tug of war

noun
1.
an athletic contest between two teams at opposite ends of a rope, each team trying to drag the other over a line.
2.
a hard-fought, critical struggle for supremacy.

Origin:
1670–80 for def 2; 1875–80 for def 1

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Based on the Random House Dictionary, © Random House, Inc. 2014.
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American Heritage
Idioms & Phrases

tug of war

A struggle for supremacy, as in There's a constant political tug of war between those who favor giving more power to the states and those who want a strong federal government. Although there is an athletic contest also so named, in which participants holding either end of a rope try to pull each other across a dividing line, the present usage, first recorded in 1677, predates it by about two centuries. The noun tug itself means "a strenuous contest between two sides," and war refers to fighting, either physical or figurative.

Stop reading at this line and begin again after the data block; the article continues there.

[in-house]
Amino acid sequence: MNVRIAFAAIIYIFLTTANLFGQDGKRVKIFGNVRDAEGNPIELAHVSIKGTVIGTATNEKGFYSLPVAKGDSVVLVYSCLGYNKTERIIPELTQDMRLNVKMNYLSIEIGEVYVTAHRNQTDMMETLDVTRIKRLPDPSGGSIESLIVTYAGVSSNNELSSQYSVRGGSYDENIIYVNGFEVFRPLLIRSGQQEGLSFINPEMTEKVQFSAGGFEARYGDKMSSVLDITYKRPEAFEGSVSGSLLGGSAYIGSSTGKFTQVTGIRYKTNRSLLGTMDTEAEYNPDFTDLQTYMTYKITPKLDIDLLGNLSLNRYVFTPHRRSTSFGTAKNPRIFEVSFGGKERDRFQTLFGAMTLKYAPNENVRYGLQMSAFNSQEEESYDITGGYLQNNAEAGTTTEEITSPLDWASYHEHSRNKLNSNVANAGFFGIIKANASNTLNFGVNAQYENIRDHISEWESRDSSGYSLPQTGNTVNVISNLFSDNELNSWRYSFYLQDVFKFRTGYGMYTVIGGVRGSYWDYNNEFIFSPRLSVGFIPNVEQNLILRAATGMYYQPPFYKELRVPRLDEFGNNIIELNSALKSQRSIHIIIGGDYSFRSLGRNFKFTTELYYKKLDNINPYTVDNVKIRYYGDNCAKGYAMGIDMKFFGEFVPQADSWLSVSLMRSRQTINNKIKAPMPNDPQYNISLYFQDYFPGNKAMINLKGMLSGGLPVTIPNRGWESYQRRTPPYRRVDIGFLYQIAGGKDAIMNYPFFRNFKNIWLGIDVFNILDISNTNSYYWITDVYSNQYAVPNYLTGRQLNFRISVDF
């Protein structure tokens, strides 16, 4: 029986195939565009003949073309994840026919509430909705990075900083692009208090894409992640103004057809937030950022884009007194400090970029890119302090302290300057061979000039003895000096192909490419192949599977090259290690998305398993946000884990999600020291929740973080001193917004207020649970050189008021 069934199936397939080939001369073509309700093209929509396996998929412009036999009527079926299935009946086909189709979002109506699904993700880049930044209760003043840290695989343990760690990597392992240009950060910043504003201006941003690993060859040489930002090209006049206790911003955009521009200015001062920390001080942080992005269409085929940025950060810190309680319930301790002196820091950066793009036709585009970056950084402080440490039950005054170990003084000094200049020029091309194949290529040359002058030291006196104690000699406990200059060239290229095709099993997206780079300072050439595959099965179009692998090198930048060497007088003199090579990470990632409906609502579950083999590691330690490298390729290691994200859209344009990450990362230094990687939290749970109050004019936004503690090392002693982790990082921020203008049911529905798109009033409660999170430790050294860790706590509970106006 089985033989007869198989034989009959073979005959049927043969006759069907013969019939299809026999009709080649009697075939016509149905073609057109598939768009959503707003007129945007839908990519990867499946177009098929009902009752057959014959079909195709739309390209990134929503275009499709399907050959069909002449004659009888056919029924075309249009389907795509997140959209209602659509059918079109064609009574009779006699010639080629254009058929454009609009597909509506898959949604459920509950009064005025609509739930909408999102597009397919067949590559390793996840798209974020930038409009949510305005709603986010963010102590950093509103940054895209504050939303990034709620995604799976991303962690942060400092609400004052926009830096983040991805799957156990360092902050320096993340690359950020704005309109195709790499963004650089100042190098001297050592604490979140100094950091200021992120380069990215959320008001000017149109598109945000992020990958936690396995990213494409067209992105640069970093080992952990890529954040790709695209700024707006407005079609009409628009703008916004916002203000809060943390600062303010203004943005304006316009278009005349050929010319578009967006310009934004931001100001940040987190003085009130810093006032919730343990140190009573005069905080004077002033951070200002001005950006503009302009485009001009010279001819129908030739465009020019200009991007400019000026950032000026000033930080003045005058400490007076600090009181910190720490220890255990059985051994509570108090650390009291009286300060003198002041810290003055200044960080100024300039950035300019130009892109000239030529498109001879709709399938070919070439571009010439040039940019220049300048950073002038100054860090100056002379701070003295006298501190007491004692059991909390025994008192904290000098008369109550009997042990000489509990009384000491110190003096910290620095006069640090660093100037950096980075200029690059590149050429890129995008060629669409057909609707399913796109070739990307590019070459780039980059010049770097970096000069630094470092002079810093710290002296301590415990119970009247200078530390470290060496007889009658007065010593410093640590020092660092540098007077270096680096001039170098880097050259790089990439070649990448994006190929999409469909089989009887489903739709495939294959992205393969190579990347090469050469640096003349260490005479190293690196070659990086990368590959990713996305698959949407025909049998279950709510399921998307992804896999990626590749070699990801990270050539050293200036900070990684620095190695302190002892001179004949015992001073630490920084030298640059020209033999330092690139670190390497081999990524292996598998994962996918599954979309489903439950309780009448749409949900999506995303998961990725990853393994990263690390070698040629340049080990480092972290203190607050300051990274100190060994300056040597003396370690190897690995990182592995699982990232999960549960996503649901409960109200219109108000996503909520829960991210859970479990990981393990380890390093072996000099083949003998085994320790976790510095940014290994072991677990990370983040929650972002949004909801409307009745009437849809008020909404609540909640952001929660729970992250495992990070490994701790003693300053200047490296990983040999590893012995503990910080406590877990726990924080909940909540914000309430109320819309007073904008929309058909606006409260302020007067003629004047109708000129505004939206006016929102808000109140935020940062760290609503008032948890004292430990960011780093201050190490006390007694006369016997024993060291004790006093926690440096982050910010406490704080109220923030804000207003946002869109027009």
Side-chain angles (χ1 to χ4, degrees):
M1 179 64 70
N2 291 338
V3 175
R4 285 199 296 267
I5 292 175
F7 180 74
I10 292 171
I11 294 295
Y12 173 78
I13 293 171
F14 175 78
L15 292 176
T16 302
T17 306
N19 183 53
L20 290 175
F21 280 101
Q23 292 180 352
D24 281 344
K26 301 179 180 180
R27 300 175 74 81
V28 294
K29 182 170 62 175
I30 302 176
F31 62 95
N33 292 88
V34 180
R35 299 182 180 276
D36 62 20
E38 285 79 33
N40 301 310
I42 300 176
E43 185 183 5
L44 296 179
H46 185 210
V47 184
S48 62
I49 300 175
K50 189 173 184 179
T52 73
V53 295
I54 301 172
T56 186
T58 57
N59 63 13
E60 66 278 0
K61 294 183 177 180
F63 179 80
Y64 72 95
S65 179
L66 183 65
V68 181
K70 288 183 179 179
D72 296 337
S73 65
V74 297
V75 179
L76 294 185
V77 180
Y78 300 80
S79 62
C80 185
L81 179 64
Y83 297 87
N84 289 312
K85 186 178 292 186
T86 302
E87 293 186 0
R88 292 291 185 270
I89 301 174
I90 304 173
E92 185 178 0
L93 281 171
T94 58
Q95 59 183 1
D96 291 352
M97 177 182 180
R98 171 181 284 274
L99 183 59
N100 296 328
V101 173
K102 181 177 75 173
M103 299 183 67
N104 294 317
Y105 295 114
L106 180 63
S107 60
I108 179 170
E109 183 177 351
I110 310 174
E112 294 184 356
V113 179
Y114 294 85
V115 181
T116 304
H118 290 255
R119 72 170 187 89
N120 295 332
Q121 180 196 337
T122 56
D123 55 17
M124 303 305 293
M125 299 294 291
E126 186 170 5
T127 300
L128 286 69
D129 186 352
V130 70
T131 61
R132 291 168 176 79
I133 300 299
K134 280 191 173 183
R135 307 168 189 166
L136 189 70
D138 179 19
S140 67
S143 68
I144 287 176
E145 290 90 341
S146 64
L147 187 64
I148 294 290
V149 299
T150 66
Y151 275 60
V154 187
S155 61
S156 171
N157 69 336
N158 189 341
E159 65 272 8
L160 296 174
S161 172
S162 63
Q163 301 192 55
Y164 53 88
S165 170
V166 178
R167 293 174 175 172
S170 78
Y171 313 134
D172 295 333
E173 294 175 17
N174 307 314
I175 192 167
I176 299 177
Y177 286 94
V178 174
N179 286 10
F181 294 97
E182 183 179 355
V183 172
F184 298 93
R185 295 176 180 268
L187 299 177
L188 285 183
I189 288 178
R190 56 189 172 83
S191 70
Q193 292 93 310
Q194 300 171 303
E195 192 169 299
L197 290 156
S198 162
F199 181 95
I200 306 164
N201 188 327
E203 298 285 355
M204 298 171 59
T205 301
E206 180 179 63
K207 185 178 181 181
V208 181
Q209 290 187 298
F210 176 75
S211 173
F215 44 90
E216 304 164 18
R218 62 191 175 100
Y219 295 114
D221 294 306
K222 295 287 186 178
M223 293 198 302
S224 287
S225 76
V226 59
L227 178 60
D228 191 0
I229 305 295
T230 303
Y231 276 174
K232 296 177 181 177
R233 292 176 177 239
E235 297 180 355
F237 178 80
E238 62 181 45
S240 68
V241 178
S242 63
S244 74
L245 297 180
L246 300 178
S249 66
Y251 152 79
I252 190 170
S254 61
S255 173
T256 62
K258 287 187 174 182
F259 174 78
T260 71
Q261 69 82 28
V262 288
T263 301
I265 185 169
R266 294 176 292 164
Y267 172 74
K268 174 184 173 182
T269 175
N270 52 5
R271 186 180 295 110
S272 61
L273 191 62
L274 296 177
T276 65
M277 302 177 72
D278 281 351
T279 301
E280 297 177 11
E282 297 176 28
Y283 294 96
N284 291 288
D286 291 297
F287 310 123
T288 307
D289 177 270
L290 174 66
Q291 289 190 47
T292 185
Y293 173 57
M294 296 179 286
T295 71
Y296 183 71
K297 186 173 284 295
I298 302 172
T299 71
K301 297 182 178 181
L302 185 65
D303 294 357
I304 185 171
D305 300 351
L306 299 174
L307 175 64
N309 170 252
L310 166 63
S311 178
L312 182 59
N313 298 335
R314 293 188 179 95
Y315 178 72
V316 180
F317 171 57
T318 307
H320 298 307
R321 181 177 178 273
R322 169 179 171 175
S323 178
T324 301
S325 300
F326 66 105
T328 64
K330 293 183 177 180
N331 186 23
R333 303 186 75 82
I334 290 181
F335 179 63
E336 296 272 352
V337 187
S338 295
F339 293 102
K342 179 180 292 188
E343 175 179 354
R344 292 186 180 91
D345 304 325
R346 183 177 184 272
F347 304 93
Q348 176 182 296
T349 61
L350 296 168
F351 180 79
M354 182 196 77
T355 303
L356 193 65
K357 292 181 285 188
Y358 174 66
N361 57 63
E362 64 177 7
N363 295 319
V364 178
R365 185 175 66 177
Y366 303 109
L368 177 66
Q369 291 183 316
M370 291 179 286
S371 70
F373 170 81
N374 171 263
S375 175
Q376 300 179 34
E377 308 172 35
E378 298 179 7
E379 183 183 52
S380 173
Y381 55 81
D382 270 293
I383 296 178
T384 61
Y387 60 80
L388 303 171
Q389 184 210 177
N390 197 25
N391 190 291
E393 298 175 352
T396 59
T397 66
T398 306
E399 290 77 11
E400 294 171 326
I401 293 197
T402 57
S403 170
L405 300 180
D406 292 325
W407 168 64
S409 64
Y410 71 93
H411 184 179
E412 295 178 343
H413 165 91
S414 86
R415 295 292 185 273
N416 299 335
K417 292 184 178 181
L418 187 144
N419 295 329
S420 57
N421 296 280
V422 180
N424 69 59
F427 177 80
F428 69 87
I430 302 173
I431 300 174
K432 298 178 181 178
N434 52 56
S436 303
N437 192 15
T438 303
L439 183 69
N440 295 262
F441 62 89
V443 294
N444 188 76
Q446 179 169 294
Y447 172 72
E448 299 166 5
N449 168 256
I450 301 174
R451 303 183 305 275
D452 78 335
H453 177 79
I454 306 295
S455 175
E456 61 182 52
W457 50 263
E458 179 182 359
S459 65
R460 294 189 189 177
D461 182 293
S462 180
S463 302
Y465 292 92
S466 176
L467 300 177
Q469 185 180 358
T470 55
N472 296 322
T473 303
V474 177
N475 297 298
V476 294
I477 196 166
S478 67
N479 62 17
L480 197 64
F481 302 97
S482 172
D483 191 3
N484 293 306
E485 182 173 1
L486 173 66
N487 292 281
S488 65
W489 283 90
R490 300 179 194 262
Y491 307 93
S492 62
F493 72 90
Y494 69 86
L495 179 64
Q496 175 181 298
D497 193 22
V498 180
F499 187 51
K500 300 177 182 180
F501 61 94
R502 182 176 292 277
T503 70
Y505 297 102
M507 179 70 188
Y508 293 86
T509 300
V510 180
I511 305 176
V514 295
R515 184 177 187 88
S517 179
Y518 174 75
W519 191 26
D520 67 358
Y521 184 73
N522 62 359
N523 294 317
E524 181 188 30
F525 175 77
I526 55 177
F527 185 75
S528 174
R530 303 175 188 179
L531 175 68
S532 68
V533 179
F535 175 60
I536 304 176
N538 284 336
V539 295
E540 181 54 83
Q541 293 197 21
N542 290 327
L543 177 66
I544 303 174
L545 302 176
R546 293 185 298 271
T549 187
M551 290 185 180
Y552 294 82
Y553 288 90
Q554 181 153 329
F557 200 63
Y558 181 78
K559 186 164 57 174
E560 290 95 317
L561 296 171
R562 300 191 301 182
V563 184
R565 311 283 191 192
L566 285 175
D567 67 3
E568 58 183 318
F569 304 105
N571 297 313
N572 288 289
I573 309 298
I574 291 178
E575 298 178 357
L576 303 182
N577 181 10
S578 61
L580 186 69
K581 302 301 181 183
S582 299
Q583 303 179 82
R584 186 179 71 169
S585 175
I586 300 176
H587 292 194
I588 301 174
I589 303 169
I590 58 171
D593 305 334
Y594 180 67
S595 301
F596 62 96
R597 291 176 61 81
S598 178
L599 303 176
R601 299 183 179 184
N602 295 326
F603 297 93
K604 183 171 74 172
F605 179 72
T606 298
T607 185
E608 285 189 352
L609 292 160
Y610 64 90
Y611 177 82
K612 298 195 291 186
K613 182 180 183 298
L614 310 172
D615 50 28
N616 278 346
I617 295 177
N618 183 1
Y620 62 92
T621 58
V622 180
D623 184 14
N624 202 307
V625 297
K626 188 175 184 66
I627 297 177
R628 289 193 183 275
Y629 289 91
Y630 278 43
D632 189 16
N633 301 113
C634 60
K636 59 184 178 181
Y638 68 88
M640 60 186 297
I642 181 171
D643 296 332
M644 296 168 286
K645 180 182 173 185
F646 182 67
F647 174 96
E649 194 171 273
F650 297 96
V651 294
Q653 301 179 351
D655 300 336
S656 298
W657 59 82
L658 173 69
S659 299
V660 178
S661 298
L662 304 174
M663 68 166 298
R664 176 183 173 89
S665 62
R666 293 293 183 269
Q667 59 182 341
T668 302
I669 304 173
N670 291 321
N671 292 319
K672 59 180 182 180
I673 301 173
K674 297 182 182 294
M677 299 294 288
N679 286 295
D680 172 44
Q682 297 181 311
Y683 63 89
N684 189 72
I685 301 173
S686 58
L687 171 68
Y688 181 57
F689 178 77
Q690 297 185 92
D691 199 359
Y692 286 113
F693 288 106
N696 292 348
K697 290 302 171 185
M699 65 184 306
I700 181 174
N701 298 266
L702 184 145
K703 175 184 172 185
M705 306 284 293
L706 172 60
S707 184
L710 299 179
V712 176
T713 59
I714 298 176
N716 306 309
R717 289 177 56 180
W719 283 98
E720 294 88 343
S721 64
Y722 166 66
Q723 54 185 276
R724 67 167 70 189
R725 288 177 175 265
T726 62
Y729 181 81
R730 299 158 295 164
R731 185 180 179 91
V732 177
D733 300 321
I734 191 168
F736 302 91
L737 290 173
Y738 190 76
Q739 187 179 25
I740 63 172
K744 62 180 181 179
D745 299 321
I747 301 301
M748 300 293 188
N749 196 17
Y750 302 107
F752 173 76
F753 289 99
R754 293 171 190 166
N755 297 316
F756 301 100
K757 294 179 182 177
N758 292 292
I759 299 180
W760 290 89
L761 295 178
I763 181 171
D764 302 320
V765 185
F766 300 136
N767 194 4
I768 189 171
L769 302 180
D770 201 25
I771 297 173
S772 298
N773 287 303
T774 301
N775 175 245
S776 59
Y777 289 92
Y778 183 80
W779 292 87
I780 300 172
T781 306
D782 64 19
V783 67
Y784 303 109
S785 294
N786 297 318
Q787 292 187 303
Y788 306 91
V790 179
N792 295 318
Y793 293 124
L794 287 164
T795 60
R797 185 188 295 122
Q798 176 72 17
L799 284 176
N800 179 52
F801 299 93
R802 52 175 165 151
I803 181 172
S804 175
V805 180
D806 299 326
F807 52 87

The American Heritage® Dictionary of Idioms by Christine Ammer.
Copyright © 1997. Published by Houghton Mifflin.
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Example sentences
Financial markets will remain watchful and the tug of war with politicians promises to liven up or gradually die down.
The issues can generate years of courtroom fighting and a tug of war over every dollar.
Events include hay-baling, antique tractor races and east-west tug of war.
And then the pressure mounts and the central structure is that three-way tug of war.
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